Jimmy on the spot 

Rhea's in Roswell rakes 'em in

At the intersection of Canton Street and Woodstock Road, Rhea's Take Out Foods has the sort of down-at-the-heels cinder block functionality that makes prospecting foodies perk up suddenly and swerve dangerously. Late model Volvo wagons and muddy contractor pickups alike line the small parking lot.

THE JIMMY SHOW: Inside, busy at a small flat grill, is Jimmy the owner (like fellow celebrities Sting and Madonna, he has graduated to single-name status). He's been cooking up quick breakfasts, sandwiches and the renowned Rhea's special hamburger for 19 years, and possesses in spades the kind of formidable memory and gift-of-gab that make this offbeat restaurant seem like a stepping stone to Roswell's City Hall.

ATMOSPHERE: Much sought-after counter seats and three unadorned six-tops are all there is to this tiny, oddly shaped restaurant. Cinder block walls are painted a color that -- in the retina-sizzling light cast by a long row of fluorescent bulbs --could be anything from taupe to salmon. Posted behind the counter is the warning: "This isn't Burger King, so you can't have it your way."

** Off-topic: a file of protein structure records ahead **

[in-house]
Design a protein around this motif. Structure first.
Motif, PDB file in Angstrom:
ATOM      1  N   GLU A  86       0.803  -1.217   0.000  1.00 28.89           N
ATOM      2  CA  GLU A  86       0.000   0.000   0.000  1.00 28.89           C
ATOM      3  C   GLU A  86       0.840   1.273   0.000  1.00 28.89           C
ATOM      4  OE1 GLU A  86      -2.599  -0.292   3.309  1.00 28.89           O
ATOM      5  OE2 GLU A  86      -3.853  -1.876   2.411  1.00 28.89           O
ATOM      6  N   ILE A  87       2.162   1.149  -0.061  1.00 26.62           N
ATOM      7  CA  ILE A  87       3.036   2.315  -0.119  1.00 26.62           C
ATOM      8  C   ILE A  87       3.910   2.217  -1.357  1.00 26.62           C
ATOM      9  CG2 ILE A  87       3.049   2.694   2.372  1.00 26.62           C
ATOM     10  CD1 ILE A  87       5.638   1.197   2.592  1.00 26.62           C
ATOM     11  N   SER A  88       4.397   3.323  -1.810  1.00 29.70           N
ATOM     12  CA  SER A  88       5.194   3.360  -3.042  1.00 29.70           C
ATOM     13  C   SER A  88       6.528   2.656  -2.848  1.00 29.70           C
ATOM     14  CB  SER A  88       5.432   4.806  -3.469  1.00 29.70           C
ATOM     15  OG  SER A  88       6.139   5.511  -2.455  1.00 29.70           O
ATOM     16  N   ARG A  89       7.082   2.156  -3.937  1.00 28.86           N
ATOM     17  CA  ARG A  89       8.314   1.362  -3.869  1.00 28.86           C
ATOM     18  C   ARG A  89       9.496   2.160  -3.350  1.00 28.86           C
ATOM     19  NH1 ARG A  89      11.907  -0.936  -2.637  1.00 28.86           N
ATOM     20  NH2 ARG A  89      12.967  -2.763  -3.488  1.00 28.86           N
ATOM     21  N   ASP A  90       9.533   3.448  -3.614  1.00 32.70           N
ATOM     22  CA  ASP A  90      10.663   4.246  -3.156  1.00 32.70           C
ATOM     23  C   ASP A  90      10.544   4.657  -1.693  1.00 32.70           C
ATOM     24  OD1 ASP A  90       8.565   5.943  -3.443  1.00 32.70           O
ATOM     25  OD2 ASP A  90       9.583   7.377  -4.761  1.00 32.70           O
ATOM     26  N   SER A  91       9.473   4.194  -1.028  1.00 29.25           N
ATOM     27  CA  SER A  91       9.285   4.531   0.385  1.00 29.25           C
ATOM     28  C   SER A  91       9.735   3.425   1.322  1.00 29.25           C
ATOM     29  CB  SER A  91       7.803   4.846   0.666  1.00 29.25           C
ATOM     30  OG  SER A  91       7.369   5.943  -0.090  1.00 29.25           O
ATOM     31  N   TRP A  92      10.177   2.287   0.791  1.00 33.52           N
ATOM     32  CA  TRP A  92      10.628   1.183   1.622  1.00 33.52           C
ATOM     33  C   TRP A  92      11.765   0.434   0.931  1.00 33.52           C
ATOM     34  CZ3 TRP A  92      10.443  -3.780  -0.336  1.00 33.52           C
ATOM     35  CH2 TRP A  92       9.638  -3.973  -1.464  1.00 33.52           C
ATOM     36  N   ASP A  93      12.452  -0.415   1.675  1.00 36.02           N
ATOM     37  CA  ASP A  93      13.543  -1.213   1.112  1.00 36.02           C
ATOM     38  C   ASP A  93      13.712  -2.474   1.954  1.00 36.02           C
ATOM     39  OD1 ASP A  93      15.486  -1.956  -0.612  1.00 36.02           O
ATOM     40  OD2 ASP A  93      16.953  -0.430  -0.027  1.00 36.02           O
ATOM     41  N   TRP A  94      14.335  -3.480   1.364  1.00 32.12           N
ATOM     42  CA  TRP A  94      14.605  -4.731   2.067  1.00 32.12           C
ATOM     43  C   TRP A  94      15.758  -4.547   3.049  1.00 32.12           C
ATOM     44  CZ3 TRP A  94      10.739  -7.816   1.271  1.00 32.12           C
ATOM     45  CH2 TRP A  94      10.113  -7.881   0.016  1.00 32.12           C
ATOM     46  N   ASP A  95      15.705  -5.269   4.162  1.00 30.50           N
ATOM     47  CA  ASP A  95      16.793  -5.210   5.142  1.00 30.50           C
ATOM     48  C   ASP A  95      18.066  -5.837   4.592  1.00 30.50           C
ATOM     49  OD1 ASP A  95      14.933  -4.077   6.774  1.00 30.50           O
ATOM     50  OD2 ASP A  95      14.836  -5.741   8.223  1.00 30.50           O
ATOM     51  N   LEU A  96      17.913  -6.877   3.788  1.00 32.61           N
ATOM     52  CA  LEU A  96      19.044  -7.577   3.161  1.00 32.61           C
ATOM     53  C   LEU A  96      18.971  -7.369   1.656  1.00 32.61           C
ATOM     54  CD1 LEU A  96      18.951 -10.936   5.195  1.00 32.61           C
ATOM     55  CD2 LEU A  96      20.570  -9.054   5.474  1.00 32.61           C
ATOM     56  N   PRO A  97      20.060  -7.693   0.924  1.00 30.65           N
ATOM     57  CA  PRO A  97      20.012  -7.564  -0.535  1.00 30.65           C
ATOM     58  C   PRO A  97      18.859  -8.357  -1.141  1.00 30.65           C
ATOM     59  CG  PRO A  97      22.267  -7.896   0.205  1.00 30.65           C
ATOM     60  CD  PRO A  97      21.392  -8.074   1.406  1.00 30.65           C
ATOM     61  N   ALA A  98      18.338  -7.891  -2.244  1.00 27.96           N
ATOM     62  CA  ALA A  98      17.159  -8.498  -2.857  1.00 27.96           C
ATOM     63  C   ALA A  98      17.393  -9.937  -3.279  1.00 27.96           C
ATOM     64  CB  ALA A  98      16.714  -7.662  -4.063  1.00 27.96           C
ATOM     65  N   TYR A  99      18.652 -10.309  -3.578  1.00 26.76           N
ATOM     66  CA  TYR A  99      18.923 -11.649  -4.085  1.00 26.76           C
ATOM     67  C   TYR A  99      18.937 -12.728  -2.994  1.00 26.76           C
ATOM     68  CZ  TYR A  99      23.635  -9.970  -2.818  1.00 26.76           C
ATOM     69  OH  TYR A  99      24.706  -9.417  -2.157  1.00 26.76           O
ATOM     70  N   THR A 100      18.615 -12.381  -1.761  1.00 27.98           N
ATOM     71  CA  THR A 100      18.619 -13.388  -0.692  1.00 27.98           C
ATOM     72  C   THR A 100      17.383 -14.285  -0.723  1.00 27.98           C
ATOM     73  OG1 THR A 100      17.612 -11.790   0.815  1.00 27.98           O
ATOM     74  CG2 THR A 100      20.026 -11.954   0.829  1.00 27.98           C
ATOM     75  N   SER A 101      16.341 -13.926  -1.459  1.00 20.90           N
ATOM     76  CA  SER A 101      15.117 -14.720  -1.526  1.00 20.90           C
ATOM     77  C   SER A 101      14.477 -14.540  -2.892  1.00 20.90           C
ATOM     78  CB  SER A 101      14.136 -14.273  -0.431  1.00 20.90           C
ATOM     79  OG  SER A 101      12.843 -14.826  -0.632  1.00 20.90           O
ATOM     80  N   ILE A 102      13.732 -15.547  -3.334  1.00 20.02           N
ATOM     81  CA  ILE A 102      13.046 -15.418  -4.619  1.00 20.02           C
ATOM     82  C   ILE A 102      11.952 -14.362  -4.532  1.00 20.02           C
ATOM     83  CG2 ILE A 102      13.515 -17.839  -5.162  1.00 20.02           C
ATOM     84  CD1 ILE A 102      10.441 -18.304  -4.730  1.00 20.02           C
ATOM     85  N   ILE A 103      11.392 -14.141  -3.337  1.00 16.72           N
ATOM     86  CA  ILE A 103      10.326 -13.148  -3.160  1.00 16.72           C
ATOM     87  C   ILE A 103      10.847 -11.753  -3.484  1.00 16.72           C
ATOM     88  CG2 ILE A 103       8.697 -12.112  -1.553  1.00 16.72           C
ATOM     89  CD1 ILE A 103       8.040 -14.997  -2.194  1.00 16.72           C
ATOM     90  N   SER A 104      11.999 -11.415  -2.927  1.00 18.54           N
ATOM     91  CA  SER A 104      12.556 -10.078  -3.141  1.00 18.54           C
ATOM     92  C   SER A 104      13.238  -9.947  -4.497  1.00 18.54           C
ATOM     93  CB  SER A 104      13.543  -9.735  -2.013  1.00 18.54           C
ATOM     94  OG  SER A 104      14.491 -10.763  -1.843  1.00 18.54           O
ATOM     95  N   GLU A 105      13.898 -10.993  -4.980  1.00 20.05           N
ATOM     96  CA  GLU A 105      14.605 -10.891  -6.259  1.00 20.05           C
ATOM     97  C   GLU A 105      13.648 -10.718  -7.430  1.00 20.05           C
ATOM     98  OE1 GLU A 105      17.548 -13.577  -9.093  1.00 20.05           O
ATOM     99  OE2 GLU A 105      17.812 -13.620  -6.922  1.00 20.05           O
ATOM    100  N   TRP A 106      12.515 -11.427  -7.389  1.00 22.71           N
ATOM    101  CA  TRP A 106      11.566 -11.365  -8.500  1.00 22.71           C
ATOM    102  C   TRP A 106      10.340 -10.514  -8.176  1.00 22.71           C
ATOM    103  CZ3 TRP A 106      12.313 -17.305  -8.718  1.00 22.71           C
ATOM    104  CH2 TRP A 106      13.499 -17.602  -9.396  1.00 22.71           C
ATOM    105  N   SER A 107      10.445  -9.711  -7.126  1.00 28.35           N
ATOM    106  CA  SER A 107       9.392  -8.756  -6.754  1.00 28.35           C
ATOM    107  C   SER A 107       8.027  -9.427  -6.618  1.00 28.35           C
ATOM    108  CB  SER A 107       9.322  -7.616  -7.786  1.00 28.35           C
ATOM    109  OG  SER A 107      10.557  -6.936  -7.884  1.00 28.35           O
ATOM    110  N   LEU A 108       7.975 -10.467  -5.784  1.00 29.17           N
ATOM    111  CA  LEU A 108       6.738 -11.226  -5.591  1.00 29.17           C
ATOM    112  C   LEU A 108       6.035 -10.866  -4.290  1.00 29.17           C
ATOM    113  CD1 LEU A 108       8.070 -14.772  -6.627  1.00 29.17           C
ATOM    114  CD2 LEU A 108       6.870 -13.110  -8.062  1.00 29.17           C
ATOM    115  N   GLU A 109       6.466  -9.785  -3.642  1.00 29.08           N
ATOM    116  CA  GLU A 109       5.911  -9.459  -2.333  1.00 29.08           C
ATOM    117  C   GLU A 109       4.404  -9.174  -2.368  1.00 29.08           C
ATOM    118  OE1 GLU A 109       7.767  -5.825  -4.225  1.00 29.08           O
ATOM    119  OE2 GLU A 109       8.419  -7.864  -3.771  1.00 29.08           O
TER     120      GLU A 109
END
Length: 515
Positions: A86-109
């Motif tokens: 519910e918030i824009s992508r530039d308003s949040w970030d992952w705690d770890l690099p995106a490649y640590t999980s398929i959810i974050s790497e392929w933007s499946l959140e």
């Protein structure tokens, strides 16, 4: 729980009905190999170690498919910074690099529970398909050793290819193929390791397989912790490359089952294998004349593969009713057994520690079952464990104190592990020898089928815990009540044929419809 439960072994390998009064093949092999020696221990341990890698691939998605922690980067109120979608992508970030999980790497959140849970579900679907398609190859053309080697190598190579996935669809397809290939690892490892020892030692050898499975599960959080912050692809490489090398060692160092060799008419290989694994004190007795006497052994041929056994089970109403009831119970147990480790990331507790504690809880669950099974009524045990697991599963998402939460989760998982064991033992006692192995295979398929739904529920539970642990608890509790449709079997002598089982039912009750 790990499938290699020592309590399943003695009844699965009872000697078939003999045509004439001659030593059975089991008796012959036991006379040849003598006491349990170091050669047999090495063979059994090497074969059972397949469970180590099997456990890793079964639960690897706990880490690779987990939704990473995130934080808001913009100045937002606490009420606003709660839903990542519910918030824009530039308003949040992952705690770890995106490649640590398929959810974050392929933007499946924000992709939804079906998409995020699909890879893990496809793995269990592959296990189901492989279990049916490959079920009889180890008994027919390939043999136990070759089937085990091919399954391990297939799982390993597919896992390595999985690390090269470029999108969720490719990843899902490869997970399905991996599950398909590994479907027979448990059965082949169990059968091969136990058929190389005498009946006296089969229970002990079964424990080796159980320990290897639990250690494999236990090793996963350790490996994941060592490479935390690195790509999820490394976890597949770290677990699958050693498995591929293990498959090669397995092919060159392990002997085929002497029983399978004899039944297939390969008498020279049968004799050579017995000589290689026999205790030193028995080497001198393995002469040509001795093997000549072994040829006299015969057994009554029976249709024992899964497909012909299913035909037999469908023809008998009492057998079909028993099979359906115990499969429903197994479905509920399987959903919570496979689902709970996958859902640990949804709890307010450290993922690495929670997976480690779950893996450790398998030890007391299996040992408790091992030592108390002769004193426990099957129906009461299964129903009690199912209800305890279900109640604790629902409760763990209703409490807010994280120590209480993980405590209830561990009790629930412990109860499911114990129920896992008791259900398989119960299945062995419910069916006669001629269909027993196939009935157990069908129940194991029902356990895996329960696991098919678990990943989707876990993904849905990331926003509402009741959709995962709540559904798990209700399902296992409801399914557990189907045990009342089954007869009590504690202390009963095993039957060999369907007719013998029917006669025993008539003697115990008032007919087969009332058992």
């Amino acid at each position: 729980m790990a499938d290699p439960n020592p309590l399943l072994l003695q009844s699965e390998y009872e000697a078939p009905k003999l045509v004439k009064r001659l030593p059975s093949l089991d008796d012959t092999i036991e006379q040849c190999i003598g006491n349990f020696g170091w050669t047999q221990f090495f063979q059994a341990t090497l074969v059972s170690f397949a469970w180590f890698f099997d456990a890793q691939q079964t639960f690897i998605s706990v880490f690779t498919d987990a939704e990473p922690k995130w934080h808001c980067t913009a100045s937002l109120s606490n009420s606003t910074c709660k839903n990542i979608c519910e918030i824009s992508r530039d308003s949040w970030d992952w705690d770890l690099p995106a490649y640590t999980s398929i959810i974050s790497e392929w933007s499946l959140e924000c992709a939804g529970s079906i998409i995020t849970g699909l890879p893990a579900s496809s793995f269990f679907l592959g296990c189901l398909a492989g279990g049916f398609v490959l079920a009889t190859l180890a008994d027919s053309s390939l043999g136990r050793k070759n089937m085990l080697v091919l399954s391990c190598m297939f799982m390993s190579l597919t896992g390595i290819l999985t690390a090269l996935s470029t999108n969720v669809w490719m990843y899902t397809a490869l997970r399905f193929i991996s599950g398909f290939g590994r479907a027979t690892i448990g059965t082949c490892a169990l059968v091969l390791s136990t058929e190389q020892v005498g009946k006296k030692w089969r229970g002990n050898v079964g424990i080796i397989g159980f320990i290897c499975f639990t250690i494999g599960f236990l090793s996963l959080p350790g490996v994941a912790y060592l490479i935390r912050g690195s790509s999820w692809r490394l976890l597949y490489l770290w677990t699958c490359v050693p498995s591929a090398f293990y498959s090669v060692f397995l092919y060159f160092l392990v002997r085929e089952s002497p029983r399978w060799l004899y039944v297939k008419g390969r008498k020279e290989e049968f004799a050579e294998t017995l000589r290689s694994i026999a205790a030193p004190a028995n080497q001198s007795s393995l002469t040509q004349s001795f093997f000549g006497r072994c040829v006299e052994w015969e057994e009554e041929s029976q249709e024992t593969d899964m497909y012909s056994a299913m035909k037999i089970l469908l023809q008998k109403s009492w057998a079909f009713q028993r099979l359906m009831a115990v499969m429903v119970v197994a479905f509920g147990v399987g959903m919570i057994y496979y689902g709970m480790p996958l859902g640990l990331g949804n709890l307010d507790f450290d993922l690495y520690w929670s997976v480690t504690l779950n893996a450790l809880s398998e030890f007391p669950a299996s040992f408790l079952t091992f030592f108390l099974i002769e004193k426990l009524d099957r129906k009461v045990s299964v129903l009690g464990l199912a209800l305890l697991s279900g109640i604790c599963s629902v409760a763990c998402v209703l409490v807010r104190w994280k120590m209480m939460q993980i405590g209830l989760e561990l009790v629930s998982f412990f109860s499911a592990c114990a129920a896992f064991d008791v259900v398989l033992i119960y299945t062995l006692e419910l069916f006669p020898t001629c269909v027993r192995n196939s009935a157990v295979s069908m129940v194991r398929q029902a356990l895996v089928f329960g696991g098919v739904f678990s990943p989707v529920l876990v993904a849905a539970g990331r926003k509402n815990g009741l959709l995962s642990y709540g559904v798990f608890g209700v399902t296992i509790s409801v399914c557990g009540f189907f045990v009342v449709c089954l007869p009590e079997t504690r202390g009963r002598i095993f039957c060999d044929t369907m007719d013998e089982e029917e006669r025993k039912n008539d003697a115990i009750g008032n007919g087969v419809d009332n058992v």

BURGER BOUND: The main attraction here is the Rhea's Special ($2.49, $2.59 for a large). Cooked fresh to order and served with shredded lettuce, tomato, diced onion and American cheese on griddled white bread (wheat bread and hamburger buns are also available), it's a messy, all-American burger joint classic. It's well worth the 30-minute drive from intown (hmmm, time to schedule another "doctor's appointment" around lunch). And it's good enough that when Jimmy deadpans, "You want another?" only a severe pang (of conscience) prevents you from taking him up on it.

OTHER THAN BURGERS: A likeably gooey grilled cheese sandwich ($1.69) is good for childhood nostalgia points, and it's comparable to something you'd get at a bowling alley or a state fair. A BLT ($2.59), promisingly served on the same tasty griddled white bread, nonetheless lacks the simple panache of the burger. A chicken sandwich ($2.39) and an all-beef hot dog ($1.69) are also featured. Disappointingly generic french fries (regular 99 cents, large $1.39), like the coleslaw (99 cents for a side), are ordered a la carte.

IN THE MORNING: Breakfasts here are a humane alternative to the drive-thru, and consist of simple combo plates (one egg, sausage or bacon, plus a biscuit or toast and a choice of gravy, hash browns or grits, goes for $3.29), griddled sandwiches ($1.69-$2.69), and biscuit sandwiches ($.60-$1.00). By no means as memorable as the burger, but one could find far worse ways to face down the Ga. 400 commute than armed with a sandwich of salty-sweet country ham with American cheese and a large cup of hot black coffee.

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